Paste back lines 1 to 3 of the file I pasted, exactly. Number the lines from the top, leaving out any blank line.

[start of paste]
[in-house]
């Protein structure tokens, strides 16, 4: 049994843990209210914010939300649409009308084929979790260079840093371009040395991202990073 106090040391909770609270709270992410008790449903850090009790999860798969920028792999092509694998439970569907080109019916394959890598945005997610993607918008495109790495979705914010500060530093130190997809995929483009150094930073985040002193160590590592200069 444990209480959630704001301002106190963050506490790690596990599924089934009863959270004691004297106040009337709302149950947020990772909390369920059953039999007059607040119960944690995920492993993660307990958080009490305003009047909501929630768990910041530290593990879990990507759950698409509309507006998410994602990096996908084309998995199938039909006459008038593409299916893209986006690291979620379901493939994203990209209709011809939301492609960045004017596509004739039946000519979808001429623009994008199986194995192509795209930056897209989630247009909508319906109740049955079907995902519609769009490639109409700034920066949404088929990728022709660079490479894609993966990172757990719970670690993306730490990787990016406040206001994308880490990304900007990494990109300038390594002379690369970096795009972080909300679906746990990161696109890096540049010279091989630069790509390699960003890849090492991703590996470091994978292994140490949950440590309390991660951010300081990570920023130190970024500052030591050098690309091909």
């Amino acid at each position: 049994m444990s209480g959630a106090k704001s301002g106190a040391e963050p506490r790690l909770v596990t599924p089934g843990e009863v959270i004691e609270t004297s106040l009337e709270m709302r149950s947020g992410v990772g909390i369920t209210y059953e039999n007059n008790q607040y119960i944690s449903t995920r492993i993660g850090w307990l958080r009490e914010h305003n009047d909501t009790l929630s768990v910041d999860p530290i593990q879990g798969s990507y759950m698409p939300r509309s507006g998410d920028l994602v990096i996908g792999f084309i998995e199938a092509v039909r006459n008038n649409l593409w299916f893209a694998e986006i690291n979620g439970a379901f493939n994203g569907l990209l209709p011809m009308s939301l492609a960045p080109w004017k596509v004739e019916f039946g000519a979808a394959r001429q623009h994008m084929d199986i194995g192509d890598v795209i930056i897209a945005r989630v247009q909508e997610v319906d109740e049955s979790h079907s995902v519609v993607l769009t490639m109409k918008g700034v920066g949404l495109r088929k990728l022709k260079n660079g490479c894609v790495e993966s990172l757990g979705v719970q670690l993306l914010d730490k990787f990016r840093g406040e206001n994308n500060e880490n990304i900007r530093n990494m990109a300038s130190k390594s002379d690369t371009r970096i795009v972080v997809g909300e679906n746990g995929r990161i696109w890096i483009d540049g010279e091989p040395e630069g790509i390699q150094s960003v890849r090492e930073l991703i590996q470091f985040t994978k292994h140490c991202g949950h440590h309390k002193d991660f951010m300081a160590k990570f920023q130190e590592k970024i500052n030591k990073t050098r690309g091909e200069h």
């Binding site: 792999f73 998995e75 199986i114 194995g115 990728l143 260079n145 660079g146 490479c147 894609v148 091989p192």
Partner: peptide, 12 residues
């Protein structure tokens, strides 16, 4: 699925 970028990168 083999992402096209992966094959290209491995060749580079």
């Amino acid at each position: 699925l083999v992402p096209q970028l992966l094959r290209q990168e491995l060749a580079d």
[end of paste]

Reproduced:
[in-house]
């Protein structure tokens, strides 16, 4: 049994843990209210914010939300649409009308084929979790260079840093371009040395991202990073 106090040391909770609270709270992410008790449903850090009790999860798969920028792999092509694998439970569907080109019916394959890598945005997610993607918008495109790495979705914010500060530093130190997809995929483009150094930073985040002193160590590592200069 444990209480959630704001301002106190963050506490790690596990599924089934009863959270004691004297106040009337709302149950947020990772909390369920059953039999007059607040119960944690995920492993993660307990958080009490305003009047909501929630768990910041530290593990879990990507759950698409509309507006998410994602990096996908084309998995199938039909006459008038593409299916893209986006690291979620379901493939994203990209209709011809939301492609960045004017596509004739039946000519979808001429623009994008199986194995192509795209930056897209989630247009909508319906109740049955079907995902519609769009490639109409700034920066949404088929990728022709660079490479894609993966990172757990719970670690993306730490990787990016406040206001994308880490990304900007990494990109300038390594002379690369970096795009972080909300679906746990990161696109890096540049010279091989630069790509390699960003890849090492991703590996470091994978292994140490949950440590309390991660951010300081990570920023130190970024500052030591050098690309091909």
């Amino acid at each position: 049994m444990s209480g959630a106090k704001s301002g106190a040391e963050p506490r790690l909770v596990t599924p089934g843990e009863v959270i004691e609270t004297s106040l009337e709270m709302r149950s947020g992410v990772g909390i369920t209210y059953e039999n007059n008790q607040y119960i944690s449903t995920r492993i993660g850090w307990l958080r009490e914010h305003n009047d909501t009790l929630s768990v910041d999860p530290i593990q879990g798969s990507y759950m698409p939300r509309s507006g998410d920028l994602v990096i996908g792999f084309i998995e199938a092509v039909r006459n008038n649409l593409w299916f893209a694998e986006i690291n979620g439970a379901f493939n994203g569907l990209l209709p011809m009308s939301l492609a960045p080109w004017k596509v004739e019916f039946g000519a979808a394959r001429q623009h994008m084929d199986i194995g192509d890598v795209i930056i897209a945005r989630v247009q909508e997610v319906d109740e049955s979790h079907s995902v519609v993607l769009t490639m109409k918008g700034v920066g949404l495109r088929k990728l022709k260079n660079g490479c894609v790495e993966s990172l757990g979705v719970q670690l993306l914010d730490k990787f990016r840093g406040e206001n994308n500060e880490n990304i900007r530093n990494m990109a300038s130190k390594s002379d690369t371009r970096i795009v972080v997809g909300e679906n746990g995929r990161i696109w890096i483009d540049g010279e091989p040395e630069g790509i390699q150094s960003v890849r090492e930073l991703i590996q470091f985040t994978k292994h140490c991202g949950h440590h309390k002193d991660f951010m300081a160590k990570f920023q130190e590592k970024i500052n030591k990073t050098r690309g091909e200069h």